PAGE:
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Drinking, Drugs & Smoking
Main characters are recovering from alcohol dependency (AA is mentioned). Main character drinks heavily in a pub; shots and beers. Character wakes up, empty bottle beside bed, clearly hung over. Social drinking.
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Parents Need to Know
Parents need to know that Cult Killer is a thoughtful, well-told, but mature crime drama about a private investigator (Alice Eve) with a history of abuse who stumbles on a sadistic kidnapping ring and a vengeful killer. Violence is frequent and graphic, with gun use, stabbings, bloody/gory wounds, blood spurts, women brutally kicked and beaten, a beheaded corpse, a severed head, a character getting beaten repeatedly with a tire iron, a woman being pepper-sprayed (she screams in agony), someone biting a woman in the neck (with awful, squelching noises), and much more. There are descriptions of a kidnapping ring abusing children and holding them hostage. Language is extremely strong, with many uses of "f--k," "s--t," "a--hole," "p---y," "goddamn," "bitch," "son of a bitch," "bastards," etc. Characters are in recovery from alcohol dependency, and there are scenes of drinking and drunkenness, hangovers, and social drinking. Expect a few minor sexual situations and some sex-related dialogue. To stay in the loop on more movies like this, you can sign up for weekly Family Movie Night emails.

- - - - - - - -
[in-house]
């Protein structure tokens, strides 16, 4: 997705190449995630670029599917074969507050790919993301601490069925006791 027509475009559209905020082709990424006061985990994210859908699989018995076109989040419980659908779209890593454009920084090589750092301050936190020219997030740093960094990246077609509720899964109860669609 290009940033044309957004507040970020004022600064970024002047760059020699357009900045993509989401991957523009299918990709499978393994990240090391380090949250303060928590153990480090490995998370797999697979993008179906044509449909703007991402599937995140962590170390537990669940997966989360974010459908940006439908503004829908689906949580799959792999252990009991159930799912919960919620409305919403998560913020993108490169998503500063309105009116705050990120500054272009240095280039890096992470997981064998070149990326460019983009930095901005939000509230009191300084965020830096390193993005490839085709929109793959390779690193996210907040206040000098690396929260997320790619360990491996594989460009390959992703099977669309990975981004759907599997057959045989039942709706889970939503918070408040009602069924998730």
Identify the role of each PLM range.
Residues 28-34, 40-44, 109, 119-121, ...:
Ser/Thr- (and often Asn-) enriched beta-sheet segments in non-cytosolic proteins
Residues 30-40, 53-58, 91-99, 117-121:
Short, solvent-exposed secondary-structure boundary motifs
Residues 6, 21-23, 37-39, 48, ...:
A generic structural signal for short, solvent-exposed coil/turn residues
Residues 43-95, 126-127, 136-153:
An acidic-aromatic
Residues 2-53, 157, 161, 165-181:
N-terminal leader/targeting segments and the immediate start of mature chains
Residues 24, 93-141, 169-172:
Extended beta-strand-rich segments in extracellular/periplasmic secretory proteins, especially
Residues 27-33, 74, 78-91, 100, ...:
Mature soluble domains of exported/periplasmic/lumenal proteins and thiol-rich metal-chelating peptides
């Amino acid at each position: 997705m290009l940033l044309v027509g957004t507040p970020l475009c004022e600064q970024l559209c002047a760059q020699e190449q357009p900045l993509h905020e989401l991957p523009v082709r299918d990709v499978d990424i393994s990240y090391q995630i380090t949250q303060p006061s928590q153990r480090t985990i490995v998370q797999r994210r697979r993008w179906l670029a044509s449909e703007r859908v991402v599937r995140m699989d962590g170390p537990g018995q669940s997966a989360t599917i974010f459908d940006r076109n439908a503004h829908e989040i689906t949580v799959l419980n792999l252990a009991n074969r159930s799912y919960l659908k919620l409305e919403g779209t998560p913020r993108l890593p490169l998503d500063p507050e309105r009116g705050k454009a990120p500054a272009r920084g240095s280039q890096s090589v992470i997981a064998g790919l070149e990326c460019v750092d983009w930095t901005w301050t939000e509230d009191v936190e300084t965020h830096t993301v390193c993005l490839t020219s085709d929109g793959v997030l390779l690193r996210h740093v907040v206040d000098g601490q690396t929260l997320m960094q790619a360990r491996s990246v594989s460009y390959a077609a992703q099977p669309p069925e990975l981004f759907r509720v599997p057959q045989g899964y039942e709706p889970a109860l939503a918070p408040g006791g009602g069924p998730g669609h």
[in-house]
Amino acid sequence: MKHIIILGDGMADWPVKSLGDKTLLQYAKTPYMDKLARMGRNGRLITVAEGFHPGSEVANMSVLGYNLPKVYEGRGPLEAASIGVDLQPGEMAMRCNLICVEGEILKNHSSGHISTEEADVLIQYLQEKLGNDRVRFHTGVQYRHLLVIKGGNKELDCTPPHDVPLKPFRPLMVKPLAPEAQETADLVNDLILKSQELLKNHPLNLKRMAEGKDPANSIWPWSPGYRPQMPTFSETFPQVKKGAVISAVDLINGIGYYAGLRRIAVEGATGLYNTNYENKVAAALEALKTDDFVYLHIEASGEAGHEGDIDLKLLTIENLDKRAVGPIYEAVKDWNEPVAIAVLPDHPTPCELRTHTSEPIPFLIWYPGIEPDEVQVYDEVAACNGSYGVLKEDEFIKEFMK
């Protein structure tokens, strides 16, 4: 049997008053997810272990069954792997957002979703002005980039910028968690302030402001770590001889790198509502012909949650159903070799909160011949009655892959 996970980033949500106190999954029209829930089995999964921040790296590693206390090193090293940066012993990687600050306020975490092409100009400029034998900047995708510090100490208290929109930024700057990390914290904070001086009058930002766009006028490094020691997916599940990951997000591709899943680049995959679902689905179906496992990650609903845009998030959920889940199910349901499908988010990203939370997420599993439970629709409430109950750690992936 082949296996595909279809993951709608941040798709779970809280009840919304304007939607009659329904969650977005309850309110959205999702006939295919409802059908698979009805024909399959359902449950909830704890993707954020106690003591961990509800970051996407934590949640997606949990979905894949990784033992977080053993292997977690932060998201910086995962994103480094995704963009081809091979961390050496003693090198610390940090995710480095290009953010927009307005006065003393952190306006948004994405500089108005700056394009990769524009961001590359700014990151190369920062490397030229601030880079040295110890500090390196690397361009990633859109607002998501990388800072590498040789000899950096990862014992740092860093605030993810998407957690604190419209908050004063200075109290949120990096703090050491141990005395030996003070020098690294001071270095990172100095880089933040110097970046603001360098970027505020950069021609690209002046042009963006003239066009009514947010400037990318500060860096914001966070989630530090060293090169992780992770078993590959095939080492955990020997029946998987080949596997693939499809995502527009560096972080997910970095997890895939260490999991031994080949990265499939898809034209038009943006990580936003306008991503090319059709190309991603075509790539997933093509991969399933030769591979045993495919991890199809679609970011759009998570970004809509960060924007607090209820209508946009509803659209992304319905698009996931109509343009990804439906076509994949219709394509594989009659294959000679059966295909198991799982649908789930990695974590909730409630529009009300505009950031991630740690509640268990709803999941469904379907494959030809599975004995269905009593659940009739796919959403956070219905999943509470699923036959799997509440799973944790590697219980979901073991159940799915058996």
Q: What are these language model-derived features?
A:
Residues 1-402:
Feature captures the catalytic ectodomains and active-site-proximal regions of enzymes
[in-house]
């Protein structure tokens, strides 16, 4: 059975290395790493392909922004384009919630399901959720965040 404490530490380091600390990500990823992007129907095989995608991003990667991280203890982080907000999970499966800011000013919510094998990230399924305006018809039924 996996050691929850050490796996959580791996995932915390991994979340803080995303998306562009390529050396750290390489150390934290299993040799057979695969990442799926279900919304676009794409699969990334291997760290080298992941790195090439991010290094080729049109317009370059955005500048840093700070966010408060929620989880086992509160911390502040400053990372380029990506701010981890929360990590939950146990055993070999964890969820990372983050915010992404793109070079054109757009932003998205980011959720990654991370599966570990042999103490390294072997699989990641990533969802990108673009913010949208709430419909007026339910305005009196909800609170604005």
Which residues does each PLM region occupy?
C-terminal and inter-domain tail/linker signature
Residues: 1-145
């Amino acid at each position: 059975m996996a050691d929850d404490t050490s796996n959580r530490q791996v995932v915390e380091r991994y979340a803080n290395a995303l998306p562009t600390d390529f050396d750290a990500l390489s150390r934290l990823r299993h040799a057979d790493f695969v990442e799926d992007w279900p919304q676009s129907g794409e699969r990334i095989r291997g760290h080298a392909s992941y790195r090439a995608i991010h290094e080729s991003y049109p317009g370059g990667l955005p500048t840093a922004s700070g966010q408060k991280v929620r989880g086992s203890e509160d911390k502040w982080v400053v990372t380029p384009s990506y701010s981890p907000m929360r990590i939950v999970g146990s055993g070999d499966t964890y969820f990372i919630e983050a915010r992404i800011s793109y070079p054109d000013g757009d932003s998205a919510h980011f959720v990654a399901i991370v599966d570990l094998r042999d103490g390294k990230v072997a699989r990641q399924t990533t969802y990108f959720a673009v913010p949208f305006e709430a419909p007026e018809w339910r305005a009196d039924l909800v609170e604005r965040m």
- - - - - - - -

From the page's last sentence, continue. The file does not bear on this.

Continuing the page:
Is It Any Good?
This low-budget crime drama is far from a throwaway B movie. It never shies away from dark, brutal, but altogether human material, and it's unexpectedly rich in character and intelligent in execution. Coming from director Jon Keeyes, whose movies are usually throwaways, Cult Killer is unexpected. (It's the feature debut of screenwriter Charles Burnley.) It gives us characters with complete backstories and in-depth motivations, and the actors are blessed with plenty to work with. Alice Eve gives a measured, thoughtful performance as Cassie, perhaps the finest work of her career to date. Her scenes with Banderas—layered in as well-placed flashbacks throughout—feel utterly organic, as if they were merely talking rather than acting.
The plot moves smoothly and confidently, and even though the sadistic villains are almost too evil to be real, the movie makes them feel real. The third act last-minute, race-against-time climax unfortunately smacks of cut corners, but the movie saves itself with a gratifying ending. Above all, while Cult Killer gets quite dark, it manages to view victims of abuse with tenderness and empathy, and it's a surprisingly effective work.
Did we miss something on diversity?
Research shows a connection between kids' healthy self-esteem and positive portrayals in media. That's why we've added a new "Diverse Representations" section to our reviews that will be rolling out on an ongoing basis. You can help us help kids by suggesting a diversity update.